It’s a tricky concept, since drinkers are incentivized to keep imbibing in order to get the taxi discount. But merrymakers often lose track of how much they consume when they’re out having a good time, and the TakeMeHome machine does give customers a straightforward answer to the all-too-common question, “Am I too drunk to drive?”
Watching a child fly the nest must be one of the most anxious points of a parent’s life. Can it really be that the vulnerable baby they brought into the world is ready to face it on their own? This year, just as Britain’s teenagers sat for their final school exams, two brands released TV spots themed around reassuring apprehensive parents.
Volkswagen, which has built a reputation for safe, reliable cars, positions the Polo as something of a surrogate parent in a charming and emotionally charged 90-second spot. It shows the relationship between dad and daughter build from the moment she’s brought home from the hospital to the day she heads off to university, driving away in a new VW Polo while her father chokes back the tears. The car acting in loco parentis offers a seamless connection between the brand and the sentimental story, allowing VW to forge a bond with consumers and reinforce its longstanding brand values.
In a somewhat clunkier variation on the theme, NatWest uses the (mis)adventures of a young woman (is it just daughters that cause such worry?) on a gap year to promote its latest online banking tool. It’s a platform for the bank to show off their mobile app and further the customer-focused positioning they’ve been using in a bid to rebuild trust following the global banking crisis. But it seems an arbitrary choice to promote what is, essentially, just Internet banking; it almost feels as though the bank is exploiting parental anxiety. Although it may seem right to approach advertising by understanding the anxieties in consumers’ lives, it has to be equally relevant to the brand or product, or it feels false.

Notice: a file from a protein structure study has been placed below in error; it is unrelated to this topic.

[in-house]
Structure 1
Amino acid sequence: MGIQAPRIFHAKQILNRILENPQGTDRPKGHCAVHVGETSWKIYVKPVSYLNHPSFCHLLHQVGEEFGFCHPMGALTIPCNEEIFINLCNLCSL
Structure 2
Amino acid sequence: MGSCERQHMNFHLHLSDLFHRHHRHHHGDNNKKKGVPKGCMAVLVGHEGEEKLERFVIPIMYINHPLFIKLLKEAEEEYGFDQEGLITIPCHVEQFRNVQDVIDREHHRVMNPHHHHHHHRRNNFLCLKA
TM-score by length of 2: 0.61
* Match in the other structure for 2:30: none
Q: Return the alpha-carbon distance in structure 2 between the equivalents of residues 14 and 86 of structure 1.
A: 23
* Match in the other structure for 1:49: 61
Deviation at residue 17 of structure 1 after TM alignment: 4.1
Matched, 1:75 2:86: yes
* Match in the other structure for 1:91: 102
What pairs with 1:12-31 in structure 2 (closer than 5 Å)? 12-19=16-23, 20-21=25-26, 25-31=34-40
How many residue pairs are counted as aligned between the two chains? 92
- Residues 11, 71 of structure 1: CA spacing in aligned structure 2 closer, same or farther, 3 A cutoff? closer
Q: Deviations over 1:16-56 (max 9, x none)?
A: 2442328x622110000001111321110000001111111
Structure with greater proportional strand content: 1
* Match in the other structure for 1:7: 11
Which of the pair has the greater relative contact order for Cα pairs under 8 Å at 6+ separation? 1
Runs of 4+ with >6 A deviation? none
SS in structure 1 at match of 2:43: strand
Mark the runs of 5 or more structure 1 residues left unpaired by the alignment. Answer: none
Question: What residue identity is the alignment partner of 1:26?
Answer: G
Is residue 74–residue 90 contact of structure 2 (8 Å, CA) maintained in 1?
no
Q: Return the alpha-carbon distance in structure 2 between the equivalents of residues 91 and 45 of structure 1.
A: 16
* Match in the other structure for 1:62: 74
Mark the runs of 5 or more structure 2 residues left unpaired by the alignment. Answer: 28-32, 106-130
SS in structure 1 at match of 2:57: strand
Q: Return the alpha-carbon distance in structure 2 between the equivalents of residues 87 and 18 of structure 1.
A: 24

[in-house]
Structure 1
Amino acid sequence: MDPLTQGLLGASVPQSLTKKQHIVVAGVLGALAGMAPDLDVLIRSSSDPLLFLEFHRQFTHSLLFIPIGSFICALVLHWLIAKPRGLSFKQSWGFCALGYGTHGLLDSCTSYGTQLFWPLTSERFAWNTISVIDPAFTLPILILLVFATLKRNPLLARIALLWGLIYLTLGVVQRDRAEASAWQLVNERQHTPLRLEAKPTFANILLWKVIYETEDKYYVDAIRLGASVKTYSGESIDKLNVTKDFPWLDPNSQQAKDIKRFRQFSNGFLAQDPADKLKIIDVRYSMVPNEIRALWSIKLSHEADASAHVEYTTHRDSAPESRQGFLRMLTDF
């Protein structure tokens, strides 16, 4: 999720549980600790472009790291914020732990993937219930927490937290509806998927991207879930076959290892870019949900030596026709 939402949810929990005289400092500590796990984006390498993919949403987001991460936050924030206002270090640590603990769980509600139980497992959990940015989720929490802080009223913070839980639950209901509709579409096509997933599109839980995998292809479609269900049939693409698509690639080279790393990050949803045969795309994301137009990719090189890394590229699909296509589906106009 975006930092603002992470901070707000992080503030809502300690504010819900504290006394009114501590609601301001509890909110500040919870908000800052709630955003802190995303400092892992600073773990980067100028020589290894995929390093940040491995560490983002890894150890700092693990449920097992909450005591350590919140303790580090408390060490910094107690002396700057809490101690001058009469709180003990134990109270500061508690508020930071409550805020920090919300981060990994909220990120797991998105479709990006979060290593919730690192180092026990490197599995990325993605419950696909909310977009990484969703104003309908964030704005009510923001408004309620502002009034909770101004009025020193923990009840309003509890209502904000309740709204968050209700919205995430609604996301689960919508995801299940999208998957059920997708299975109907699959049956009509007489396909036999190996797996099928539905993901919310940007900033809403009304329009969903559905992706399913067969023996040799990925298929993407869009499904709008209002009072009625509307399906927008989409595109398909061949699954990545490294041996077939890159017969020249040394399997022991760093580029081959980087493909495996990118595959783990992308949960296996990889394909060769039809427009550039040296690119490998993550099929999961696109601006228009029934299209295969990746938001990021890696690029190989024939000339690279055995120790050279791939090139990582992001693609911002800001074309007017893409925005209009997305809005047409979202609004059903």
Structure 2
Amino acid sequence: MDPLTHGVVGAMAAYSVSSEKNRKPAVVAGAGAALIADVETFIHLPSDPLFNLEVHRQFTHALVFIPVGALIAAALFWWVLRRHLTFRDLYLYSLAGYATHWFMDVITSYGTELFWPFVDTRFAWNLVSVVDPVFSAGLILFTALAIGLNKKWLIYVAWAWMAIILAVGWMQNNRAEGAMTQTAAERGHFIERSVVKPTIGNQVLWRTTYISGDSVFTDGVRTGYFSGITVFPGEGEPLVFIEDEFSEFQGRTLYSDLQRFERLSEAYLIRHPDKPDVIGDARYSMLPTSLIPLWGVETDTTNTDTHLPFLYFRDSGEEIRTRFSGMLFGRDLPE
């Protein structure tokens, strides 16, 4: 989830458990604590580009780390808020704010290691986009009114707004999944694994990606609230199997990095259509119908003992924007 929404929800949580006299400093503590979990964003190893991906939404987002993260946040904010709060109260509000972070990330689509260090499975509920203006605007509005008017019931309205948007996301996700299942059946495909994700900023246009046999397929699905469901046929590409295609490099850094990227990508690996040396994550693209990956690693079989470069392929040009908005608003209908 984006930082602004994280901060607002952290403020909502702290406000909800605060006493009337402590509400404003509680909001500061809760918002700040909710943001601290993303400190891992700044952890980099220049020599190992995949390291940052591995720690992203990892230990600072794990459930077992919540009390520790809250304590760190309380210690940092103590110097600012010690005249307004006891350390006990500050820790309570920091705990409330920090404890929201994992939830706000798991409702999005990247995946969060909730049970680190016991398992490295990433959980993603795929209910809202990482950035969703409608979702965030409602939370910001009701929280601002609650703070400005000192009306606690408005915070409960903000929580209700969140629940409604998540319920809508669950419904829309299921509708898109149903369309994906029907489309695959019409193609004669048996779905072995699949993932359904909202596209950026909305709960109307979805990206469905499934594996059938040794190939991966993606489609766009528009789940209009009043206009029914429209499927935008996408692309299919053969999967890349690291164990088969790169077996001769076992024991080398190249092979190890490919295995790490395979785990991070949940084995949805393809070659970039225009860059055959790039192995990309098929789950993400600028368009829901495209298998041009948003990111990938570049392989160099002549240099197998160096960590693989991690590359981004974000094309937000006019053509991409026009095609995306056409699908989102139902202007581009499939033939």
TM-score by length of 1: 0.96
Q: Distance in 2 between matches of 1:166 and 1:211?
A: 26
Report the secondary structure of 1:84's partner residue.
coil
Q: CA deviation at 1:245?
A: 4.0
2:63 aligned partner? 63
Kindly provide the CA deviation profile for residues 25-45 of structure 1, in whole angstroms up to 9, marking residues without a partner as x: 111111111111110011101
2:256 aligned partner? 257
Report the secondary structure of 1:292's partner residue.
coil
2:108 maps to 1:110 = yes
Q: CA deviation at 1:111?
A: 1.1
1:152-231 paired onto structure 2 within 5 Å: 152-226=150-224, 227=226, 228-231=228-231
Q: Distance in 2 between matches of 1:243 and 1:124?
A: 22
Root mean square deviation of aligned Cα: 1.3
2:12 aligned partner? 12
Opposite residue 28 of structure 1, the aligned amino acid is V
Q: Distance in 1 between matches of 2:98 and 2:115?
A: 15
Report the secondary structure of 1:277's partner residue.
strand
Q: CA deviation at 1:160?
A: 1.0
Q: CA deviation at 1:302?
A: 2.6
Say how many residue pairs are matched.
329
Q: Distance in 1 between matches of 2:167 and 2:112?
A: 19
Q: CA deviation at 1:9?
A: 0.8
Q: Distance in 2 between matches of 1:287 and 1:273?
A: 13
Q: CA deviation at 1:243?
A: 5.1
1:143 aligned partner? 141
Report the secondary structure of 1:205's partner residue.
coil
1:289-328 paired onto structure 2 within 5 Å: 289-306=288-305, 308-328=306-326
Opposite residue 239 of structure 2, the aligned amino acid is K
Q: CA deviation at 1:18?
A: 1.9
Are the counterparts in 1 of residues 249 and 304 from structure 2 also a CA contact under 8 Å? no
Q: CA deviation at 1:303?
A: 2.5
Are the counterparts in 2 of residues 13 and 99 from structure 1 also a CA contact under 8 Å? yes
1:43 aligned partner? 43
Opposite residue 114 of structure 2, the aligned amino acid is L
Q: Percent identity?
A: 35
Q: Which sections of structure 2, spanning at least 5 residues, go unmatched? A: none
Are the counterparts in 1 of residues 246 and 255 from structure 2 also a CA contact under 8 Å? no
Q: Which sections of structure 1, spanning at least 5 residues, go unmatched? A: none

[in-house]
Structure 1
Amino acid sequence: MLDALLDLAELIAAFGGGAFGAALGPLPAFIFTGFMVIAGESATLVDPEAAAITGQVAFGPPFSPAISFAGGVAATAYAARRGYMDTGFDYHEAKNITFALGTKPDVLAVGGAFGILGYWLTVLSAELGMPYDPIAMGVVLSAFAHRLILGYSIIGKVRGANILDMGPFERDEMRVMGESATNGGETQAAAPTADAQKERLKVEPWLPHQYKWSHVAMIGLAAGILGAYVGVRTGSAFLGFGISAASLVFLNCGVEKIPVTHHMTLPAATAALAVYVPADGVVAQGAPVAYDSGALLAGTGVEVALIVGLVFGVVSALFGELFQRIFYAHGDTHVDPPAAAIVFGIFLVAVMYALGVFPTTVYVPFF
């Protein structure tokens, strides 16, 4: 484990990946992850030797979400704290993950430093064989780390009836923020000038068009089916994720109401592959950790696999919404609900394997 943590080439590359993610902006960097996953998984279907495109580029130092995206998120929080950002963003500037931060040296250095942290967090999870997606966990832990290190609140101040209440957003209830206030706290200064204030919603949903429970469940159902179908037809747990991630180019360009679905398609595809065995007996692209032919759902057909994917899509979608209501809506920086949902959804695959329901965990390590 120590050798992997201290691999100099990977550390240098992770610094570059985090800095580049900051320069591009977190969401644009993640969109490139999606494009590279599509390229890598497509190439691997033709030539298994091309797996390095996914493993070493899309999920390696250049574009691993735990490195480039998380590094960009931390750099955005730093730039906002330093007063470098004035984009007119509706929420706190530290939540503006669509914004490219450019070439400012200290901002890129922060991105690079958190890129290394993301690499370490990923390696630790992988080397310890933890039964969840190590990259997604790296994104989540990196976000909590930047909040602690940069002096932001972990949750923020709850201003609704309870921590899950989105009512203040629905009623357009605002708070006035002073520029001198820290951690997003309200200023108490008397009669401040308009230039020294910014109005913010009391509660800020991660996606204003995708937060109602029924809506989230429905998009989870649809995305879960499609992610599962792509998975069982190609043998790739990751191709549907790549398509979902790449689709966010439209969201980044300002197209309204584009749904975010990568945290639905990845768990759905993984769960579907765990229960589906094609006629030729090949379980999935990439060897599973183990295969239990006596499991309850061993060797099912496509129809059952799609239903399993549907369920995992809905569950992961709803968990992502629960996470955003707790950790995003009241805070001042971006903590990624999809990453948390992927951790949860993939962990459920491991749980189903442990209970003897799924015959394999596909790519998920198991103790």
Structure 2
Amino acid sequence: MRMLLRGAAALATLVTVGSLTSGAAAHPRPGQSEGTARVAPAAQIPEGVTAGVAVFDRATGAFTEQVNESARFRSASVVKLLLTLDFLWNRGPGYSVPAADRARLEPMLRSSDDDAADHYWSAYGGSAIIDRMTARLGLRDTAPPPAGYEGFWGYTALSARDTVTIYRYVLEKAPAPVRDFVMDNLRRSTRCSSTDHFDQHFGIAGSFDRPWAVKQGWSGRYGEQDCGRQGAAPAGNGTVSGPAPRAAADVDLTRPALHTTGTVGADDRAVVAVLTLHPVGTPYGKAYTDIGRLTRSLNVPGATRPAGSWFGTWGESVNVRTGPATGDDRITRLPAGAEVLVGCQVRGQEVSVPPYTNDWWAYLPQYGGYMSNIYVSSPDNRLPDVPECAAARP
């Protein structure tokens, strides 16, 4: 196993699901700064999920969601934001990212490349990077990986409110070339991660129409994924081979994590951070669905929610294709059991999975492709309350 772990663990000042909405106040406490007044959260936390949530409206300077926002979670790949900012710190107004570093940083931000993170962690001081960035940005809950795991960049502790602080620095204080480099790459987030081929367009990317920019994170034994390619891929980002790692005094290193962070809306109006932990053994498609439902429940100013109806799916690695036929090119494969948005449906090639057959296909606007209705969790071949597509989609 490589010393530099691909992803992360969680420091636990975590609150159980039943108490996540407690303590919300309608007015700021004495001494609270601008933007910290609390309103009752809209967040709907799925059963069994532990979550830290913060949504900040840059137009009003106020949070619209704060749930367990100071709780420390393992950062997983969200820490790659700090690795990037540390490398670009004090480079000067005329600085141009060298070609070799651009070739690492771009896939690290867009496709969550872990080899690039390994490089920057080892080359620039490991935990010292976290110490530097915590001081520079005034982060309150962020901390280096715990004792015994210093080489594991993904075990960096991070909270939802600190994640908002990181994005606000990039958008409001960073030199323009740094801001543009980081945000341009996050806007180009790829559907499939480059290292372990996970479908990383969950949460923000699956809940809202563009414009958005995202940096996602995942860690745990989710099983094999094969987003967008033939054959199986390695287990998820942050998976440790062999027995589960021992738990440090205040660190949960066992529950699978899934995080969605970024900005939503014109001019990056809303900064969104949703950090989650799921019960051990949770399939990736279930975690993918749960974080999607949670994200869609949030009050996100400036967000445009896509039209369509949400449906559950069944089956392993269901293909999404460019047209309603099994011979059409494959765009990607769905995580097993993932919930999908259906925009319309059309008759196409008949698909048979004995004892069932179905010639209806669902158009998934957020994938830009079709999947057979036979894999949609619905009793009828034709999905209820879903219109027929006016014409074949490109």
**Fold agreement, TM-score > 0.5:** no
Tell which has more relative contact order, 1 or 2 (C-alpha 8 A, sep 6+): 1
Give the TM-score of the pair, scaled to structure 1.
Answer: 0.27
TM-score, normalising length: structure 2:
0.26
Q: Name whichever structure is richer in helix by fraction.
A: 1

Texting while driving is a fast-growing concern across the globe. Parents are worried about their teenage drivers texting, but seasoned drivers are also bringing a new level of risk to the streets. As a result, we’re seeing more safety messages targeting drivers, such as efforts we’ve spotlighted from Subaru and Oprah. While this type of work tends to take an earnest tone, that’s not the only route to go, as two recent PSAs demonstrate.
A recent message from the U.S. National Highway Traffic Safety Administration promoting “Stop the Texts” day is lighthearted, showing text bubbles popping up during inopportune and inappropriate moments. The visual device does a nice job of illustrating how inappropriate texting while driving is without taking viewers into a shock-centric, fear-based place. The tone of an anti-texting message from Belgium is more blatantly humorous, promoting responsibility among young drivers by actually getting them to text via a Candid Camera-type setup. During a driving test, the administrator tells drivers they will need to show an ability to text as they drive, and we see them struggling to do so safely (thankfully, away from regular traffic).
While serious issues often call for serious messaging, humor often does a better job with the heavy lifting when targeting a younger, less receptive audience.